WHILE HANGING OUT at the local Charles Schwab office, you meet a high-octane trader named Hal. He paces up and down like the Energizer bunny and talks so fast you can’t get a word in. Incessantly checking his phone, he abruptly gestures to the door and insists you join him for lunch. Apparently, Apple is up three points, his options are in-the-money and he wants to celebrate.
Hal speeds to a nearby Subway, where he proceeds to order the Spicy Italian for both of you. Just as you take a bite, he puts down his phone and cringes as his face turns red. He wails that the virus scourge has crimped iPhone sales in China. Apple is now down six and his near-term options will expire worthless.
What’s with this guy? This isn’t just a case of the Starbucks jitters. Hal’s behavior shows the telltale signs of a manicky temperament—unbounded energy, flamboyance and a big appetite for risk-taking.
Now, don’t get me wrong, all investing involves risk. Last year, even bond investors got acquainted with the old saw, “no pain, no gain.” But today, we aren’t just talking about your Uncle Louie, who drums his fingers on the table before the food arrives. Instead, we’re pondering folks with a high need for arousal and action that undermines their investment success.
That clearly includes day traders and options players. Their hyperactivity is all too obvious. But what about more subtle manifestations, to which most of us are susceptible? Sometimes, a manic temperament masquerades as legitimate portfolio changes, like portfolio rebalancing every quarter or even every month.
Or how about mutual fund switching? You thought funds were a lot safer than owning individual stocks. They usually are. But they’re also vulnerable to arousal abuse. Do you choose fund families with the most lenient exchange privileges? Do you really need to shift from one sector fund to another based on a slick podcast presentation? The temptation is made all the greater by no fund redemption fees. Is the goal here really portfolio improvement—or is it more truthfully a need for excitement on a grey and boring winter day?
Portfolio reallocation can be a special case of switching syndrome. Has international begun to move? Why not jump in? Maybe the tech debacle has run its course, so you bolt out of defensive stocks and back into growth shares. My own recent sin: I succumbed to the much-ballyhooed January effect, which promises a run for small-cap stocks from two weeks before through two weeks after New Year’s. Well, maybe next year.
Are you suffering from FOMO, or fear of missing out? Following the money can work for a month or two until investors’ collective common sense reasserts itself. Remember meme stocks like GameStop? Such herding behavior by FOMO crowds isn’t confined just to stock manipulators. Ominously, Hee Jin Kim and his associates found FOMO to be almost as common among active stock traders as among bitcoin speculators.
Given to hyperactivity? Start by acknowledging that you’re a high-arousal type who thrills to action and the taking of risk. You can’t start to get control over your weakness as an investor until you admit it. Take solace from knowing that manic-proneness has been related to creativity and high productivity.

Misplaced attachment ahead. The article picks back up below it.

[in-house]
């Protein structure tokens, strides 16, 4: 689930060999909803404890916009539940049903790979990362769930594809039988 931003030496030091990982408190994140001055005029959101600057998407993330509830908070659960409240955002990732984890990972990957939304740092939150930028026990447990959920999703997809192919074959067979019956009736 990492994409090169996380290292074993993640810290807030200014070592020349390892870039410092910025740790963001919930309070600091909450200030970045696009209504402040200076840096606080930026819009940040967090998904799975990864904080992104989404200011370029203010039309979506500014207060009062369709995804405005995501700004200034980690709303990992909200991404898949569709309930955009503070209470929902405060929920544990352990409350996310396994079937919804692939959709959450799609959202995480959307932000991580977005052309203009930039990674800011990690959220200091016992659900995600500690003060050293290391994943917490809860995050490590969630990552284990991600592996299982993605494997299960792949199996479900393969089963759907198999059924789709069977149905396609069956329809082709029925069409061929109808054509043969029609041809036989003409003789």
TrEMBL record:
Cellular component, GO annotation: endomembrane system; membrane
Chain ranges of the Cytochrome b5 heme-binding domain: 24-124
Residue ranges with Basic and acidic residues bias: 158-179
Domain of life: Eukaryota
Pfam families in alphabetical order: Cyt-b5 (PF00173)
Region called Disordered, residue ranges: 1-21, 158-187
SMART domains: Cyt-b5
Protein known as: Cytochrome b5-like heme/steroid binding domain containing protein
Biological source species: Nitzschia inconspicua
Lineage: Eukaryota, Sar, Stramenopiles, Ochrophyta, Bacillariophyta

A new year is a good time to resolve to learn and practice self-discipline. You might leave your portfolio alone and instead take refuge in activities that also promise an action hit, like a formidable hike, a challenging new exercise routine or competitive sports. Alternatively, you might trade investments on paper only, keeping a record of your performance relative to a benchmark. Doesn’t sound satisfying? For those who would otherwise suffer withdrawal pangs, several commentators have recommended a solution: Put 90% or 95% of your investment money into mutual funds and exchange-traded funds, and then use the remainder to trade individual stocks.
Meanwhile, seek support from others for your newfound commitment to self-control. Take counsel and encouragement from family and friends. Find a buddy who, say, enjoys streaming action movies with you. Maybe you’re fortunate to have a partner who’ll review your monthly brokerage statements with you and offer kudos when you show greater restraint. What if you feel your trading life has spun out of control and losses are mounting? You might consult a therapist or join a support group for overactive traders, such as Gamblers Anonymous.
One final suggestion: Try reading buy-and-hold classics like Jeremy Siegel’s Stocks for the Long Run and John Bogle’s Little Book of Common Sense Investing. To be sure, we can change personality only so much. Still, returns are maximized by keeping our lust for action in check. Take a page from Warren Buffett’s playbook and accept that, when it comes to investing, boring is beautiful.
Steve Abramowitz is a psychologist in Sacramento, California. Earlier in his career, Steve was a university professor, including serving as research director for the psychiatry department at the University of California, Davis. He also ran his own investment advisory firm. Check out Steve’s earlier articles.